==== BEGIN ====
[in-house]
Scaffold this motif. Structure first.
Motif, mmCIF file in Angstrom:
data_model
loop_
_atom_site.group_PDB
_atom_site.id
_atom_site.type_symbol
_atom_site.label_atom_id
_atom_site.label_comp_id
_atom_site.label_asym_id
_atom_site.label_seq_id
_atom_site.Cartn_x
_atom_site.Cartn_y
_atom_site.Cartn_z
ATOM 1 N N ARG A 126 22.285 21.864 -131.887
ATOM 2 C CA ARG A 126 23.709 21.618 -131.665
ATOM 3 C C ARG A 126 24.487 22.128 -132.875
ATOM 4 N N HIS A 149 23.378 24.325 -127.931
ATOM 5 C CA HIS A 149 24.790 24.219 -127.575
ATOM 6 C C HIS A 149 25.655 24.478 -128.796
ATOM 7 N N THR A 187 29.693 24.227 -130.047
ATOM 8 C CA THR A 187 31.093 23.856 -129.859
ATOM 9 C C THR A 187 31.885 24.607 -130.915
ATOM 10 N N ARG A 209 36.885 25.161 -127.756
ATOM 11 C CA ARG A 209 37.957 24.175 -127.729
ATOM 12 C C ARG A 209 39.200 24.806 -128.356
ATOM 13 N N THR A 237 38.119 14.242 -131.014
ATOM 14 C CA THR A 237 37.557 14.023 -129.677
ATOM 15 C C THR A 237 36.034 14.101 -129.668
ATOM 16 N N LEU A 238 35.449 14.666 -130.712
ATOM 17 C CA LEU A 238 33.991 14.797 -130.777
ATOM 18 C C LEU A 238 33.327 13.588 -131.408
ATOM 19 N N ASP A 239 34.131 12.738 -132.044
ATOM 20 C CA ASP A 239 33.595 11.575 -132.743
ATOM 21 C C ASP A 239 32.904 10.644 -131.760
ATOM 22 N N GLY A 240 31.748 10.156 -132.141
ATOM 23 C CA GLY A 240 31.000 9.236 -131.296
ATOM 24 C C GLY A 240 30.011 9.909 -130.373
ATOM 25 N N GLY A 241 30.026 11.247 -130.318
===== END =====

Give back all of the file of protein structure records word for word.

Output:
[in-house]
Scaffold this motif. Structure first.
Motif, mmCIF file in Angstrom:
data_model
loop_
_atom_site.group_PDB
_atom_site.id
_atom_site.type_symbol
_atom_site.label_atom_id
_atom_site.label_comp_id
_atom_site.label_asym_id
_atom_site.label_seq_id
_atom_site.Cartn_x
_atom_site.Cartn_y
_atom_site.Cartn_z
ATOM 1 N N ARG A 126 22.285 21.864 -131.887
ATOM 2 C CA ARG A 126 23.709 21.618 -131.665
ATOM 3 C C ARG A 126 24.487 22.128 -132.875
ATOM 4 N N HIS A 149 23.378 24.325 -127.931
ATOM 5 C CA HIS A 149 24.790 24.219 -127.575
ATOM 6 C C HIS A 149 25.655 24.478 -128.796
ATOM 7 N N THR A 187 29.693 24.227 -130.047
ATOM 8 C CA THR A 187 31.093 23.856 -129.859
ATOM 9 C C THR A 187 31.885 24.607 -130.915
ATOM 10 N N ARG A 209 36.885 25.161 -127.756
ATOM 11 C CA ARG A 209 37.957 24.175 -127.729
ATOM 12 C C ARG A 209 39.200 24.806 -128.356
ATOM 13 N N THR A 237 38.119 14.242 -131.014
ATOM 14 C CA THR A 237 37.557 14.023 -129.677
ATOM 15 C C THR A 237 36.034 14.101 -129.668
ATOM 16 N N LEU A 238 35.449 14.666 -130.712
ATOM 17 C CA LEU A 238 33.991 14.797 -130.777
ATOM 18 C C LEU A 238 33.327 13.588 -131.408
ATOM 19 N N ASP A 239 34.131 12.738 -132.044
ATOM 20 C CA ASP A 239 33.595 11.575 -132.743
ATOM 21 C C ASP A 239 32.904 10.644 -131.760
ATOM 22 N N GLY A 240 31.748 10.156 -132.141
ATOM 23 C CA GLY A 240 31.000 9.236 -131.296
ATOM 24 C C GLY A 240 30.011 9.909 -130.373
ATOM 25 N N GLY A 241 30.026 11.247 -130.318